Business

How technology is changing the retail space

Machine learning, used with predictive analytics, is starting to impact the retail space.


Johannesburg, 15 May 2017
Read time 3min 50sec
David Cosgrave, Customer Intelligence Lead, SAS South Africa.
David Cosgrave, Customer Intelligence Lead, SAS South Africa.

Large retailers are starting to utilise machine learning, combined with predictive analytics, to assist them in enhancing consumer engagement and in creating more accurate demand forecasts as they expand into new sales channels. With machine learning, computers learn by mining massive amounts of big data, without human intervention, to provide unprecedented consumer demand insights.

When one couples machine learning with other technologies, like facial recognition solutions, says David Cosgrave, Customer Intelligence Lead at SAS, there is the potential to shift from active engagement to automated engagement in the retail space.

"A good example of how such automated engagement may change the retail experience in the future can be found in the experimental Amazon Go shop. This is a new US store, for Amazon employees, which is completely automated. Consumers simply walk in, choose their products and walk out, and the in-store technology detects who is taking what thanks to facial recognition software. This is combined with deep learning that enables the system to know what products have been taken, and the system automatically debits the user's account."

"Obviously, this is a long way from being rolled out in traditional retail environments, but it offers a glimpse as to how such technology will likely affect the future of retail," he says.

Cosgrave adds that it isn't something that's simply being done 'because they can' either - by offering a counterless, walk-in and walk-out store, the idea is to provide consumers with the opportunity of immediate access to products without the need to wait in queues to pay. This, he explains, could enable bricks and mortar stores to more effectively compete with their online counterparts, as automated stores will have fewer worries in regards to issues like staffing and opening hours.

"Another area where machine learning is coming to the fore is in respect of personalised shopping assistance. Cognitive computing, in association with chat bots, is already starting to automate a number of processes - like checking of account balances - but as the machine learning gets better at understanding language, slang and context, so it will bleed further into the retail environment."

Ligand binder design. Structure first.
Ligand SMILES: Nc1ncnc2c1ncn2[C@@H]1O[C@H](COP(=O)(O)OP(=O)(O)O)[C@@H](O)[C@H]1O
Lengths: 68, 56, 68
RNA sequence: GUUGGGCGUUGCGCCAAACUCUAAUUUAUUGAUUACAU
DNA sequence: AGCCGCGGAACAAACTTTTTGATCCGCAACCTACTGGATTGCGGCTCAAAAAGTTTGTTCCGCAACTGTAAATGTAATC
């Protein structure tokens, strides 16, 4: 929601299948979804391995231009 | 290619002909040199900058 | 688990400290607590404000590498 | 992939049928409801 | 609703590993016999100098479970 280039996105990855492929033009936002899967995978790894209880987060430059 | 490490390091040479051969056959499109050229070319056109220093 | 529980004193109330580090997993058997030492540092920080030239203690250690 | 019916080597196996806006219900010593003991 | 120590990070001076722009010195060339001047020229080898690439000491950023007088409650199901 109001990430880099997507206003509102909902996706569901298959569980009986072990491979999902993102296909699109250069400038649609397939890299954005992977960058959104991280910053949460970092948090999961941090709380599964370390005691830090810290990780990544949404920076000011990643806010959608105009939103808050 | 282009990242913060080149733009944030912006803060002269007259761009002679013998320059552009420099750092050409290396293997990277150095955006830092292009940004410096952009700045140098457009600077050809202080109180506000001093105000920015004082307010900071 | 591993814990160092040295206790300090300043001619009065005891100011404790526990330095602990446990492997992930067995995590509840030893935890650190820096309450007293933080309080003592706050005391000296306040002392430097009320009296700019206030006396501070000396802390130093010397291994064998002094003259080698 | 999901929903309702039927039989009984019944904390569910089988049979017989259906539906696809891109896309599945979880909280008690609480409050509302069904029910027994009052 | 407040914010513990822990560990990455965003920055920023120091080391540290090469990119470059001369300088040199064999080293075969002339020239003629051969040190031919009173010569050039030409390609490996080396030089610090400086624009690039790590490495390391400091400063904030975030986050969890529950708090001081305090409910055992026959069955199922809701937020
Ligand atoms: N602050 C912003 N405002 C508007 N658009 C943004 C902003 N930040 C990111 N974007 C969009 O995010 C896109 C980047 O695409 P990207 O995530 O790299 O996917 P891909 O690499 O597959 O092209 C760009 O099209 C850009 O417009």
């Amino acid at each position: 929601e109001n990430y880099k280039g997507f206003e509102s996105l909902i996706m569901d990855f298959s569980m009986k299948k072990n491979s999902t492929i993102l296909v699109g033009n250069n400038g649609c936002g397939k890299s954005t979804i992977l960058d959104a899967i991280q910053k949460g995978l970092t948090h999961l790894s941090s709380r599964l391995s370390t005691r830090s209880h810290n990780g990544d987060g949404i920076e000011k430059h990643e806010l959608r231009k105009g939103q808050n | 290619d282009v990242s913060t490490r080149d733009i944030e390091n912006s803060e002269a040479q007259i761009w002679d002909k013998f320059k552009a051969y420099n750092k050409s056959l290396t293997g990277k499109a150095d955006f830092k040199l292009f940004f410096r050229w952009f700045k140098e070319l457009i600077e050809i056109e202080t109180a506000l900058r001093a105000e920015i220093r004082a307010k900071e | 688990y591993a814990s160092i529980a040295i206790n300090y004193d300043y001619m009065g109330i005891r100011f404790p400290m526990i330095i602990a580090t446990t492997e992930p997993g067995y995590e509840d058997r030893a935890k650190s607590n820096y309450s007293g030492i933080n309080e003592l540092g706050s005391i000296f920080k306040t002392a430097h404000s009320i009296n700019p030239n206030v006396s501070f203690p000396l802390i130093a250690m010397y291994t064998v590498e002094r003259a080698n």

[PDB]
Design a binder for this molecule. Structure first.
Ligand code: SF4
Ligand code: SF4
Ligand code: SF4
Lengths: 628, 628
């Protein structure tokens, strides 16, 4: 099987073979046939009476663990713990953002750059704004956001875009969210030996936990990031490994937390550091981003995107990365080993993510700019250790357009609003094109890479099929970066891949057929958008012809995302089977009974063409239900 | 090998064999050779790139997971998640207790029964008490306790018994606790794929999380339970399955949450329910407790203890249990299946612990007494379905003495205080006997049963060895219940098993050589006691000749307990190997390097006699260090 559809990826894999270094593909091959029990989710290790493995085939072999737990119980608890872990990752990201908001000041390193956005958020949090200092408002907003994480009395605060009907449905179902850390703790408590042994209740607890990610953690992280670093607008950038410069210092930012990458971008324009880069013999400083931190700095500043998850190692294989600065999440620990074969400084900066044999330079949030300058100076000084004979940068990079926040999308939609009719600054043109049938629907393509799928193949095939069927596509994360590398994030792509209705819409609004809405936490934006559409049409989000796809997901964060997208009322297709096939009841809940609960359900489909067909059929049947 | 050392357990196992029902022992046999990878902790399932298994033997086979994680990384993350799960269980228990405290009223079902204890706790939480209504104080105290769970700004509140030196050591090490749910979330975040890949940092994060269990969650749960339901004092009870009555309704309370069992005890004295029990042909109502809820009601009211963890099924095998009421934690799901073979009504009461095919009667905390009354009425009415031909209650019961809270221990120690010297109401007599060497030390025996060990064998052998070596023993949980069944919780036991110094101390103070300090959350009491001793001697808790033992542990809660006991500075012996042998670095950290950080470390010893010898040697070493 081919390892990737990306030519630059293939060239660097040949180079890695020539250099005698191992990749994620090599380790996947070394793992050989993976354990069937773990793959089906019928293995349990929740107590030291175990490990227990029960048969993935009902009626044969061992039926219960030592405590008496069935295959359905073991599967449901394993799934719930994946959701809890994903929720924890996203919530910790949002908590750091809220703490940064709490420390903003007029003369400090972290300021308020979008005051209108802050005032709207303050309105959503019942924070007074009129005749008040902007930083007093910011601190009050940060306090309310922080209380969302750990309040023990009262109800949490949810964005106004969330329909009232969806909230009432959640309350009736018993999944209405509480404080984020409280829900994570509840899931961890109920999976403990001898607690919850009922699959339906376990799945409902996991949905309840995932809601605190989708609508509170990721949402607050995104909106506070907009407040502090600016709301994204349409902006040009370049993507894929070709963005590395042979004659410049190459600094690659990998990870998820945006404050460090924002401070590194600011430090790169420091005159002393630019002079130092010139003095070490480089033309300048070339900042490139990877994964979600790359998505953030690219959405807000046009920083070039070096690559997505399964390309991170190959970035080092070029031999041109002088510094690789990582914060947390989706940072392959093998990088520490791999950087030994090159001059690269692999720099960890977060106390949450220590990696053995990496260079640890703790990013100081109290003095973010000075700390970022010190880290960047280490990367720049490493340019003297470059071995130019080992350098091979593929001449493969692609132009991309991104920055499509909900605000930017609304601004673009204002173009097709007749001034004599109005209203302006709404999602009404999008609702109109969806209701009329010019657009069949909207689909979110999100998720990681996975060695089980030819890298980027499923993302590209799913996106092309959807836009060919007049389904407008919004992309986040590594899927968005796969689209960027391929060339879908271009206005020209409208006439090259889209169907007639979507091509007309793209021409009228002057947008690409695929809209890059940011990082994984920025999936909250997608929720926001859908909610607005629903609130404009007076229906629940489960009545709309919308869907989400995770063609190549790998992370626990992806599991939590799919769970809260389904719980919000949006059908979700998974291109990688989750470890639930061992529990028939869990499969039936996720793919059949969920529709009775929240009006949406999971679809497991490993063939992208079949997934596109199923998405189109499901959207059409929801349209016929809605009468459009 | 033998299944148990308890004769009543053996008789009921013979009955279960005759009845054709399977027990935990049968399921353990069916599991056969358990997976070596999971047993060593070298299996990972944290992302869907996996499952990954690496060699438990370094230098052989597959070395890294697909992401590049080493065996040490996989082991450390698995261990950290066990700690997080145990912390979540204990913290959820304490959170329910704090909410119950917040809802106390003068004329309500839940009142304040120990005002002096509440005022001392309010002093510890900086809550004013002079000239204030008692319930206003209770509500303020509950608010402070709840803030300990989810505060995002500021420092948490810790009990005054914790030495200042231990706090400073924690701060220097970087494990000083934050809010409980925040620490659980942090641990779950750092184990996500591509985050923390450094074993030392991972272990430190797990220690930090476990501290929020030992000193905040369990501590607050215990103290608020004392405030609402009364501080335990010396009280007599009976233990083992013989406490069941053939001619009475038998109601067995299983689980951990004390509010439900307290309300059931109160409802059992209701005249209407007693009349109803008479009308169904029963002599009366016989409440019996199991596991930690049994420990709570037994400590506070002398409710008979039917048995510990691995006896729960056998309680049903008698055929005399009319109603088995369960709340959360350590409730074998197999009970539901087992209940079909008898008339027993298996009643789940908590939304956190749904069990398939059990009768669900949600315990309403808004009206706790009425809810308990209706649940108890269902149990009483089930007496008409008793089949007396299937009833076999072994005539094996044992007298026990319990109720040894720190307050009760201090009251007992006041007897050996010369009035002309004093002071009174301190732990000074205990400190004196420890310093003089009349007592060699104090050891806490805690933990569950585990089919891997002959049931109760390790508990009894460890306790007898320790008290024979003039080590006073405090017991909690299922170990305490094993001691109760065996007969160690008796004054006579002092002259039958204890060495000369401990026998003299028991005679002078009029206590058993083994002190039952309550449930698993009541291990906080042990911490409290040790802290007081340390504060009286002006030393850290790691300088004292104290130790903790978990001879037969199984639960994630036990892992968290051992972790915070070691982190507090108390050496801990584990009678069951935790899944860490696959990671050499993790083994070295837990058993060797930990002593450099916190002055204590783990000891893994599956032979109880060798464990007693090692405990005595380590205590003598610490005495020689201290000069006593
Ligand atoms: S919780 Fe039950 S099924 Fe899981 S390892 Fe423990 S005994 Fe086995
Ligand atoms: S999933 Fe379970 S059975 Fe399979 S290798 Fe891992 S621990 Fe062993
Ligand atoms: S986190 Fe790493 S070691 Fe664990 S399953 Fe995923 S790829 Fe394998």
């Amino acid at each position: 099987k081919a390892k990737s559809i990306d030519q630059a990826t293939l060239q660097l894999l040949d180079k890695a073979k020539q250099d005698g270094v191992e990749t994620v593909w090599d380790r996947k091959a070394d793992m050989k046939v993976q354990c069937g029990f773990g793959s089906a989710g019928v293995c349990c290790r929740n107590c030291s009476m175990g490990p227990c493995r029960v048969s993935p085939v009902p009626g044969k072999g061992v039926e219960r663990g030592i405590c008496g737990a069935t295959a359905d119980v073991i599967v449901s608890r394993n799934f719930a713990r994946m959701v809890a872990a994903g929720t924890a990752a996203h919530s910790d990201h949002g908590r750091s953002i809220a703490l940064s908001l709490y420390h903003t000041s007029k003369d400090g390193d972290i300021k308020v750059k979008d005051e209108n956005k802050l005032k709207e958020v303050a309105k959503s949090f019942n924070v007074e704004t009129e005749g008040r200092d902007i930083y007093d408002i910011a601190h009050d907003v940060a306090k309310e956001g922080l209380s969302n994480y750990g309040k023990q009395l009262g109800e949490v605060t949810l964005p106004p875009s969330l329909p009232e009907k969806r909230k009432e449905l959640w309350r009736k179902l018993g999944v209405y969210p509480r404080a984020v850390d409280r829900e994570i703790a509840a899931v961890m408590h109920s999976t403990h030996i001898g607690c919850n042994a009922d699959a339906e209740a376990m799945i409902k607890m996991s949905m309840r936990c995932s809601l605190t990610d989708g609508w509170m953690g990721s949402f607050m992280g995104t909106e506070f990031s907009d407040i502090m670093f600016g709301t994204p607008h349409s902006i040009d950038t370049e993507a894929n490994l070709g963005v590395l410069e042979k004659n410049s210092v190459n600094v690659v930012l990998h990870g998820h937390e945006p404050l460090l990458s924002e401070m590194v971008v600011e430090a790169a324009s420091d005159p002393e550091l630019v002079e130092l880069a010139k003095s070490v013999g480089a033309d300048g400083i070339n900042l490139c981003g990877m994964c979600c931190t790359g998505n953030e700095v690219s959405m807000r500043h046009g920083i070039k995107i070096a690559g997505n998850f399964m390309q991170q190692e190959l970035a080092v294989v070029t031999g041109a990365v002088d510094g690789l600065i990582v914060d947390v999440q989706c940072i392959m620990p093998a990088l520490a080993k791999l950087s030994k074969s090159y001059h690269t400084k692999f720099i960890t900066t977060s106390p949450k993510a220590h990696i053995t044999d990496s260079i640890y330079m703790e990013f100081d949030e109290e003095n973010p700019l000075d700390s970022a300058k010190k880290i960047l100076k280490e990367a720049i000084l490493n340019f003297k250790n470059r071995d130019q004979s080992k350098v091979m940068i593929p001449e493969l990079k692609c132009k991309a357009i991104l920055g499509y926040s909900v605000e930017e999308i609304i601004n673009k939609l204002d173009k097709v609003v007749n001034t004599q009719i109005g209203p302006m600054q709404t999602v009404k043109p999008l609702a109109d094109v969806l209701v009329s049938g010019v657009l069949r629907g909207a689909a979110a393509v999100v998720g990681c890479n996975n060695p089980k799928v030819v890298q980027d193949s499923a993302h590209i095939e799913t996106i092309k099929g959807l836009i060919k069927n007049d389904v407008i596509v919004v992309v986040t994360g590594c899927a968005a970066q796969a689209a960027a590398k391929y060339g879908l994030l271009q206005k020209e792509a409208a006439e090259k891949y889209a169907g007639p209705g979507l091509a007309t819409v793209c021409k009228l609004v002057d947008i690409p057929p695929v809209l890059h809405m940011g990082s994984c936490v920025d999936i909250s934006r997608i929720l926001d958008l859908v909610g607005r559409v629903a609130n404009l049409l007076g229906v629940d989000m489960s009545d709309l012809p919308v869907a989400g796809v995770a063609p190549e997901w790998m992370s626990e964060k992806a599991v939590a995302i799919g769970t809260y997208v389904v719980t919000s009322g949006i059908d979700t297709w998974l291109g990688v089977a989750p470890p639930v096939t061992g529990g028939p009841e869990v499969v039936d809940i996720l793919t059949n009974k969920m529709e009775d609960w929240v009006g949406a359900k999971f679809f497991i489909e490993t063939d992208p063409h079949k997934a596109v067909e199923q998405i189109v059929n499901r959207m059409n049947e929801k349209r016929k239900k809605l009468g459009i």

"For example, one local retailer is already testing a solution that's designed to help customers with fashion advice. Using facial recognition technology coupled with big data and analytics, the retailer identifies customers as they walk in and is immediately able to recommend accessories and clothing styles to them, based on its existing knowledge of the client. It is, in effect, a more personalised approach to the shopper."

"Another scenario is one where the customer starts off going to the retailer's Web site and chooses a product, before asking for help to 'complete the look'. The bot then recommends products and accessories, based on its knowledge of the customer. This goes beyond simply suggesting products based on what others have bought - as Amazon does, although this is a good starting point - and could go as far as asking the customer to upload a photo, to demonstrate what the different products and accessories might look like when worn.

This, he adds, brings augmented reality into the process, whereby customers can get an understanding of what the clothing would look like on them, without having to go in-store to try it on physically. Furthermore, once the customer has decided what they want, when they do walk into the physical store, an automated bot would be able to inform a human assistant to fetch the relevant products and bring them to the customer immediately.

Ultimately, the above is a good example of taking the typical technique of product recommendations and, with analytics and cognitive learning, making it both a deeper and more human experience, all at once.

"In the end, machine learning is going to lead to a shift in the retail space from active engagement to automated engagement. We will see technology taking over tasks from information gathering to actual execution. And this entire process will be built on a foundation of solid, advanced analytics," he concludes.

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